Written by Gene Caballero on September 29, 2014
Updated November 1st, 2018
Winterizing your irrigation system is crucial to protecting your landscape investment.
Having a professional winterize your irrigation system can cost anywhere from $60-$150.
But here's the deal, if your handy, it's not difficult to do on your own!
All you need is a compressor, and this guide to winterize your irrigation system.
If you do not have a compressor or have a compressor that is strong enough for your needs, you can rent one from a nearby rental store.
Be Aware, you will need a compressor strong enough to do the job. You need one with enough Cubic Feet per Minute or CFM to push the water out of your irrigation pipes. Typically you will need at least 9 CFM to adequately flush the water from your sprinkler system.
Using a low CFM compressor means pumping the water out of your irrigation lines will take longer, as a low CFM compressor pressurizes much slower.
This means that you will spend a long time waiting for the pressure to build up in the line. Most people don't know this but, it can be the difference between spending 15 minutes to drain the system, or spending the entire weekend with a weaker compressor.
|Some people believe you can "drain" your system, however, as professional in the industry for 15 years, I have repaired dozens of systems that were improperly winterized by the draining method.|
One money-saving idea would be to rent a compressor and split the costs with your neighbors. Rental fees will be $50-$75 for one day, but if you split that cost with five of your neighbors, you are looking at only $10 - $15 each.
The first step is to shut the water supply off at the main sprinkler shut off valve. This is typically located near the water meter or near the foundation of your home. Then you can connect the compressor to the irrigation system at the "back-flow preventer" or at the "winterization fitting". Which is typically located at the water meter, or near the back-flow.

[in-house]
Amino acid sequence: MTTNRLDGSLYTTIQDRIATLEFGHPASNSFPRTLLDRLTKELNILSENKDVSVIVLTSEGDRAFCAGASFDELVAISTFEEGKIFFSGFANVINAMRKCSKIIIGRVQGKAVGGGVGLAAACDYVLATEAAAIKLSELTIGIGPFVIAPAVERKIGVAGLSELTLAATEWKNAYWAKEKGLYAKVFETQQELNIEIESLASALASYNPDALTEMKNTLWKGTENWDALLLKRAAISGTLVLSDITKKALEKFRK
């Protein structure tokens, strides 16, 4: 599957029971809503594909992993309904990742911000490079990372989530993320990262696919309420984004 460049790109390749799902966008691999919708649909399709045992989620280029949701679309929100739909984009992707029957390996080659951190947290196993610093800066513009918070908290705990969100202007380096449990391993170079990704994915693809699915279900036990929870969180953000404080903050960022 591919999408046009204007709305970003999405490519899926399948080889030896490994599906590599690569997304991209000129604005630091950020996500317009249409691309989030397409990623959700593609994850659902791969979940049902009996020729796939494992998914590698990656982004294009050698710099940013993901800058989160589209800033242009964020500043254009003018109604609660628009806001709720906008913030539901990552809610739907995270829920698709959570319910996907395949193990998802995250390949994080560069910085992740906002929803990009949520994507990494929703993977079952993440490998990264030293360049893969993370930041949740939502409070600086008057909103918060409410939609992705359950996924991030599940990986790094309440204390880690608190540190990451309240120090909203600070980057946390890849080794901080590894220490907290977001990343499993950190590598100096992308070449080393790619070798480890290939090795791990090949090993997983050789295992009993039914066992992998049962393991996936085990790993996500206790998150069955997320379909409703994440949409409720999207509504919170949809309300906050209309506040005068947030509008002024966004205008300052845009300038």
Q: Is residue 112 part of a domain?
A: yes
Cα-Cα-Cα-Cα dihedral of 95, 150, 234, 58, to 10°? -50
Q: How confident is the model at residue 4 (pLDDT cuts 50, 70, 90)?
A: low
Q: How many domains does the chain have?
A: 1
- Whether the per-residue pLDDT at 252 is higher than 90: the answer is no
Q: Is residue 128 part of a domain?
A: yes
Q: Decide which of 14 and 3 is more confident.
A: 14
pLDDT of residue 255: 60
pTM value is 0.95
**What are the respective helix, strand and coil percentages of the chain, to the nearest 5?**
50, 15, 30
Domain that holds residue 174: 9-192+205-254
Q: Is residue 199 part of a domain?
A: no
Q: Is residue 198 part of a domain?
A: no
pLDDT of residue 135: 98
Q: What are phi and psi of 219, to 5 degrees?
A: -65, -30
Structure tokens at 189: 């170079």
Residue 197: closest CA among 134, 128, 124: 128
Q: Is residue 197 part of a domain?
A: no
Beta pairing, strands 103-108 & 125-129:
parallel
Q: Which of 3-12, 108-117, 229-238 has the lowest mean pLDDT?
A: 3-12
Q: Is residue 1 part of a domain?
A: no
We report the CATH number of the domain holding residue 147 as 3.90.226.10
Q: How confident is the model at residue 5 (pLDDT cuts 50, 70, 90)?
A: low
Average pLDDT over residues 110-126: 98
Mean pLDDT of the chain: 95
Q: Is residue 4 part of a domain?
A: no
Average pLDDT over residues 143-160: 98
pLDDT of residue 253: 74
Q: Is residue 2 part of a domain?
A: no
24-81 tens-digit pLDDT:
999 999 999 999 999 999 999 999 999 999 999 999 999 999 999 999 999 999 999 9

|NEVER EXCEED 80 PSI!!! Be sure to set the proper PSI and that it remains less than 50 PSI for Poly Pipe systems and 80 PSI for PVC systems.|
Then you will want to cycle through each zone one at a time. Activate the first zone on the control panel, and then start the compressor, complete Step 3 and repeat in the next zone.
Cycle through all of the zones, advancing to each zone after all of the water is pushed through the irrigation heads, and all you see is misty air coming through them.
After you have cleared all of the zones of water, then its time to open up the test ports on the back-flow with a regular screwdriver, flushing the water out of the back-flow.
Once the water has been pumped from the irrigation lines, stop the compressor, de-pressurize the tank, and disconnect the hose.
Now its time to loosen the bolts on the lower flange of the backflow and drain the water out of the flange.
Finally, open up all the plugs on the back-flow and leave them loose. Turn the control to off, and you are all set!!!
Now, I would not recommend you perform this service yourself unless you would consider yourself "handy" and have experience with similar home service routines. Otherwise, if you have serviced your own pool, car, air conditioner units or like tasks, then this something you can totally do. But be advised, if this is not properly executed then you will sustain hundreds if not thousands of dollars in damage to your system.
Winterizing your irrigation system is fairly straightforward. If you are familiar with the system, and at least somewhat handy it can be done.
That being said, if you don't feel safe doing it yourself, and need to hire a professional try GreenPal. Our network of lawn care professionals is available to meet your needs, in many neighborhoods across the country.
If you learned something about irrigation winterization, share this article and the infographic below with your friends and family!
Still looking for more on winterizing your lawn? Check this out.
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